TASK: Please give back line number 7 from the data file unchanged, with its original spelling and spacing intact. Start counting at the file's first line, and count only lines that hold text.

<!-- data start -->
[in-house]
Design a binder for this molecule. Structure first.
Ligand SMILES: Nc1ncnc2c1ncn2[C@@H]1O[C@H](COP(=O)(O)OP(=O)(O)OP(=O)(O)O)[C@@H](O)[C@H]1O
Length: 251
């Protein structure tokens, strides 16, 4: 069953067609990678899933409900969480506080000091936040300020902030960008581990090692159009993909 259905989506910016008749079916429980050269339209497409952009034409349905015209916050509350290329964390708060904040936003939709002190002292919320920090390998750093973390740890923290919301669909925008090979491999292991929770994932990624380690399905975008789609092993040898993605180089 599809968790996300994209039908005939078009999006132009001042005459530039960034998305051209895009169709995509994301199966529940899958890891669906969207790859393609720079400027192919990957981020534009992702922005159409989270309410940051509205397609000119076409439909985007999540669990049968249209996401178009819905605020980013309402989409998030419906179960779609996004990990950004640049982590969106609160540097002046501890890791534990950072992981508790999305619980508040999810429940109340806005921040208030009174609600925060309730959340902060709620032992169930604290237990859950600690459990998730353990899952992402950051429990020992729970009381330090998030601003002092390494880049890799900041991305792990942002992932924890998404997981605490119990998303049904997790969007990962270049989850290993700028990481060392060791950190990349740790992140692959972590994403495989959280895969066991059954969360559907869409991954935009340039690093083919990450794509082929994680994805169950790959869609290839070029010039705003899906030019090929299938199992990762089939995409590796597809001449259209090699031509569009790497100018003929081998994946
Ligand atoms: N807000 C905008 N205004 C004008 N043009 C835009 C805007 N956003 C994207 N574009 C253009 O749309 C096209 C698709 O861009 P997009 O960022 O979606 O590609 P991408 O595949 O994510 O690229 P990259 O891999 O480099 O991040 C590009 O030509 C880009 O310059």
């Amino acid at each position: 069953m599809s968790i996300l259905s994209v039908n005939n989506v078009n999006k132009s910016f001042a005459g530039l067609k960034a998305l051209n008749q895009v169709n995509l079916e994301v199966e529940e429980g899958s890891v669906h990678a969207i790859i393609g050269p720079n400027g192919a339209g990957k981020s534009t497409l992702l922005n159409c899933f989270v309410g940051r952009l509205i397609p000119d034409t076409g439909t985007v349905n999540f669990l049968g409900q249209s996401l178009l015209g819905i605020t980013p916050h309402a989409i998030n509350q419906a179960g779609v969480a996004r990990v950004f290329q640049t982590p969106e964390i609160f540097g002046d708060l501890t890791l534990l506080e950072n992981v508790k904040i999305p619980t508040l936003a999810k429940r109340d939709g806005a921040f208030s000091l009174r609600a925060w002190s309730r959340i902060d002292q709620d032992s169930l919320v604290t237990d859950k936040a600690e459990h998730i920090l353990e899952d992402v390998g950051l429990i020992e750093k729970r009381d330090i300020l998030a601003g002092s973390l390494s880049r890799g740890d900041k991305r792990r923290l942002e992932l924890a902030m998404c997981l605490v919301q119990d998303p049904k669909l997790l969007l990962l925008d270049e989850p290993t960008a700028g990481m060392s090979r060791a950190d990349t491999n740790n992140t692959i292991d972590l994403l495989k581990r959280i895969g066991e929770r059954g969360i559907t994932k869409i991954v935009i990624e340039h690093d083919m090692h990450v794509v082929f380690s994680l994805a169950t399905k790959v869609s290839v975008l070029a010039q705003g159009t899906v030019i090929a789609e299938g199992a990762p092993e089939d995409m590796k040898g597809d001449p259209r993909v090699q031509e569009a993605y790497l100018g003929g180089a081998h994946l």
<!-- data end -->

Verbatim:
């Amino acid at each position: 069953m599809s968790i996300l259905s994209v039908n005939n989506v078009n999006k132009s910016f001042a005459g530039l067609k960034a998305l051209n008749q895009v169709n995509l079916e994301v199966e529940e429980g899958s890891v669906h990678a969207i790859i393609g050269p720079n400027g192919a339209g990957k981020s534009t497409l992702l922005n159409c899933f989270v309410g940051r952009l509205i397609p000119d034409t076409g439909t985007v349905n999540f669990l049968g409900q249209s996401l178009l015209g819905i605020t980013p916050h309402a989409i998030n509350q419906a179960g779609v969480a996004r990990v950004f290329q640049t982590p969106e964390i609160f540097g002046d708060l501890t890791l534990l506080e950072n992981v508790k904040i999305p619980t508040l936003a999810k429940r109340d939709g806005a921040f208030s000091l009174r609600a925060w002190s309730r959340i902060d002292q709620d032992s169930l919320v604290t237990d859950k936040a600690e459990h998730i920090l353990e899952d992402v390998g950051l429990i020992e750093k729970r009381d330090i300020l998030a601003g002092s973390l390494s880049r890799g740890d900041k991305r792990r923290l942002e992932l924890a902030m998404c997981l605490v919301q119990d998303p049904k669909l997790l969007l990962l925008d270049e989850p290993t960008a700028g990481m060392s090979r060791a950190d990349t491999n740790n992140t692959i292991d972590l994403l495989k581990r959280i895969g066991e929770r059954g969360i559907t994932k869409i991954v935009i990624e340039h690093d083919m090692h990450v794509v082929f380690s994680l994805a169950t399905k790959v869609s290839v975008l070029a010039q705003g159009t899906v030019i090929a789609e299938g199992a990762p092993e089939d995409m590796k040898g597809d001449p259209r993909v090699q031509e569009a993605y790497l100018g003929g180089a081998h994946l």